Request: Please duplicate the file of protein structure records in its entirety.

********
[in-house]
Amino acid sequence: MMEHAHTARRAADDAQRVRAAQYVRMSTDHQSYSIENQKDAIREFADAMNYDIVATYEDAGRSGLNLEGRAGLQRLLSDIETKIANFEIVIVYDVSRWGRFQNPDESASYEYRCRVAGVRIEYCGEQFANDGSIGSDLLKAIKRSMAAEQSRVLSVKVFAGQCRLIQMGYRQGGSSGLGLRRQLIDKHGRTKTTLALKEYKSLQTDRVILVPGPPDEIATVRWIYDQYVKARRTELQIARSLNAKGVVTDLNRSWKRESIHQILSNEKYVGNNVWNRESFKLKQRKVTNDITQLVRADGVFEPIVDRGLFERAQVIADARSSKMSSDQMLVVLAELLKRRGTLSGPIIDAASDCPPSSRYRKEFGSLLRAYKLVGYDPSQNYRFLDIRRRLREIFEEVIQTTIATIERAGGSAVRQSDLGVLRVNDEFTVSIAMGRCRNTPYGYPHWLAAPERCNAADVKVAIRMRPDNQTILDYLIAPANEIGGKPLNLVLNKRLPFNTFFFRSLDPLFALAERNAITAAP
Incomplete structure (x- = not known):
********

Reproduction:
[in-house]
Amino acid sequence: MMEHAHTARRAADDAQRVRAAQYVRMSTDHQSYSIENQKDAIREFADAMNYDIVATYEDAGRSGLNLEGRAGLQRLLSDIETKIANFEIVIVYDVSRWGRFQNPDESASYEYRCRVAGVRIEYCGEQFANDGSIGSDLLKAIKRSMAAEQSRVLSVKVFAGQCRLIQMGYRQGGSSGLGLRRQLIDKHGRTKTTLALKEYKSLQTDRVILVPGPPDEIATVRWIYDQYVKARRTELQIARSLNAKGVVTDLNRSWKRESIHQILSNEKYVGNNVWNRESFKLKQRKVTNDITQLVRADGVFEPIVDRGLFERAQVIADARSSKMSSDQMLVVLAELLKRRGTLSGPIIDAASDCPPSSRYRKEFGSLLRAYKLVGYDPSQNYRFLDIRRRLREIFEEVIQTTIATIERAGGSAVRQSDLGVLRVNDEFTVSIAMGRCRNTPYGYPHWLAAPERCNAADVKVAIRMRPDNQTILDYLIAPANEIGGKPLNLVLNKRLPFNTFFFRSLDPLFALAERNAITAAP
Incomplete structure (x- = not known):